US Congressmen Ask Intel, Nvidia About Their Chips Potentially Being Used for Human Rights Violations in Xinjiang

December 9, 2020 Updated: December 17, 2020

Sen. Marco Rubio (R-Fla.) and Rep. Jim McGovern (D-Mass.) are questioning U.S. chipmakers Intel and Nvidia, about their semiconductor chips allegedly being used in Chinese computing systems to conduct mass surveillance in far-western China’s Xinjiang region.

The two congressmen raised several questions in two letters to Bob Swan and Jensen Huang, who are the chief executive officers of Intel and Nvidia, respectively, according to a Dec. 8 statement.

The letters pointed to a recent New York Times article, which alleged that Intel and Nvidia chips were being used in the Urumqi Cloud Computing Center (UCCC), a complex built by the Chinese company Sugon, a supplier to the Chinese military, and where Xinjiang authorities process surveillance camera footage. The complex houses some of the world’s most powerful computers.

Citing Sugon’s official website, the Times article pointed out that authorities use the UCCC to conduct “predictive policing.” The two lawmakers argued this meant that the center was “preventatively identifying behaviors considered dangerous or disloyal to the Chinese Communist Party.”

Sugon has close ties to the Chinese Communist Party (CCP). According to the company’s articles of corporation published in 2019, the company has its own Party committee, which oversees that the company comply with the Party’s policies. The committee would also lead the company’s overall “thought political work.”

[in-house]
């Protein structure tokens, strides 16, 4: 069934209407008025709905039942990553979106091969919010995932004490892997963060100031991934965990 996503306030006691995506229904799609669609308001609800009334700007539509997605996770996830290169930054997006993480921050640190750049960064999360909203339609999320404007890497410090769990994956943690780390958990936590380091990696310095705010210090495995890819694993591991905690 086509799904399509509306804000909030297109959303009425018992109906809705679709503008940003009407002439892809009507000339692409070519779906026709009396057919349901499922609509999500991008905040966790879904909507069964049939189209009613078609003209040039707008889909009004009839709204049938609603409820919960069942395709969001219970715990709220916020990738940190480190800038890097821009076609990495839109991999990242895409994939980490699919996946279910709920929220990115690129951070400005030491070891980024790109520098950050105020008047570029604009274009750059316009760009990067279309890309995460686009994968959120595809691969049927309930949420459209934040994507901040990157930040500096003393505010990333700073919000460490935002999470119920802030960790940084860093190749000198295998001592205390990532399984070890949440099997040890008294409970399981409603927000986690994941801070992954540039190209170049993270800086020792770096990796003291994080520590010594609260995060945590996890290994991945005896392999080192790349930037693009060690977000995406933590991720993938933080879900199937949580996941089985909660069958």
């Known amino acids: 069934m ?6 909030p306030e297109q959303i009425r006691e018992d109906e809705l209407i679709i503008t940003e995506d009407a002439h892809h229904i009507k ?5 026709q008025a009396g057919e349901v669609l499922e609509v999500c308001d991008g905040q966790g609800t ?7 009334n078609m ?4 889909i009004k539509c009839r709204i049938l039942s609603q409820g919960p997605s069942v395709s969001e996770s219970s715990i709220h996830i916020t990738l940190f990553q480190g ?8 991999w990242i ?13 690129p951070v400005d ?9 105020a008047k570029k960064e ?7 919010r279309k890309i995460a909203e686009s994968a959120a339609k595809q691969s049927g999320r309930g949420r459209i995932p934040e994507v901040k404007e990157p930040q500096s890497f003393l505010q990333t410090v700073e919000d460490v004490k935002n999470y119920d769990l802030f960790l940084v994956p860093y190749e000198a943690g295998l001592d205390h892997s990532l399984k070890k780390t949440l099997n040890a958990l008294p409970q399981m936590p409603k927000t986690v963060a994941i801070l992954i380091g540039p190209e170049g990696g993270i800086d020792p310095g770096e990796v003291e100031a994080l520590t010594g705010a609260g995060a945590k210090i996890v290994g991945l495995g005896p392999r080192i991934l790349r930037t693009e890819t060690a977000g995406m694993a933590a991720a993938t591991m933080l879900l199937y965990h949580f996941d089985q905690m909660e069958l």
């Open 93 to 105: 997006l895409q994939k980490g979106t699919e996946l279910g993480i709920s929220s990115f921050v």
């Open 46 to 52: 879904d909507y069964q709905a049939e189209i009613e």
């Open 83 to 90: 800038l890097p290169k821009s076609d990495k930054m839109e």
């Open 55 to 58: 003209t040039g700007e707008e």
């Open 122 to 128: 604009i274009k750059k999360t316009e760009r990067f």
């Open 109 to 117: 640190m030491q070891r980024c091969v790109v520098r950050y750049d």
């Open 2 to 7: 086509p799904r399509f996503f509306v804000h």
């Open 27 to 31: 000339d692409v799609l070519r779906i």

Between 900,000 and 1.8 million Muslim ethnic minorities, including Uyghurs, have been detained in more than 1,300 concentration camps in Xinjiang, according to a 2020 report published by the U.S. Commission on International Religious Freedom (USCIRF), an independent, bipartisan federal commission.

Since October last year, the Commerce Department has added 48 Chinese companies and government agencies to the U.S. entity list, over their involvement in human rights violations in Xinjiang, where the local population is heavily monitored and suppressed. Among the blacklisted companies are surveillance equipment manufacturer Hikvision and artificial intelligence firm SenseTime Group.

In June last year, Sugon was among several Chinese companies placed on the entity list for posing risks to American national security or foreign policy interests. According to the Commerce Department, Sugon publicly acknowledged that their supercomputers had military applications.

American companies are banned from doing business with blacklisted companies, unless they obtain a special government license.

In the two letters, the lawmakers asked whether Intel or Nvidia was aware that its products were being sold to companies on the entity list, though they did not name those firms. They also asked if the two chipmakers perform any procedures to ensure their products are not used for human rights abuses, before selling them to Chinese entities.

“To what extent was your company aware that your products would be used to support the operations and activities of the Ministry of Public Security, the Ministry of State Security, and the People’s Armed Police?” the lawmakers asked.

Nvidia told the New York Times that Sugon hasn’t been a significant Nvidia customer” since last year’s ban.

Intel spokesman William Moss said in a statement that “the company does not tolerate its products being used to violate human rights and when the company becomes aware of such a concern it ceases or restricts business with third parties until it has confidence its products are not used to commit such violations.” The firm told New York Times that it no longer sells semiconductors for supercomputers to Sugon.

Rubio and McGovern are the co-chairs of the Congressional-Executive Commission on China (CECC), which monitors human rights in China.

Reuters contributed to this report.

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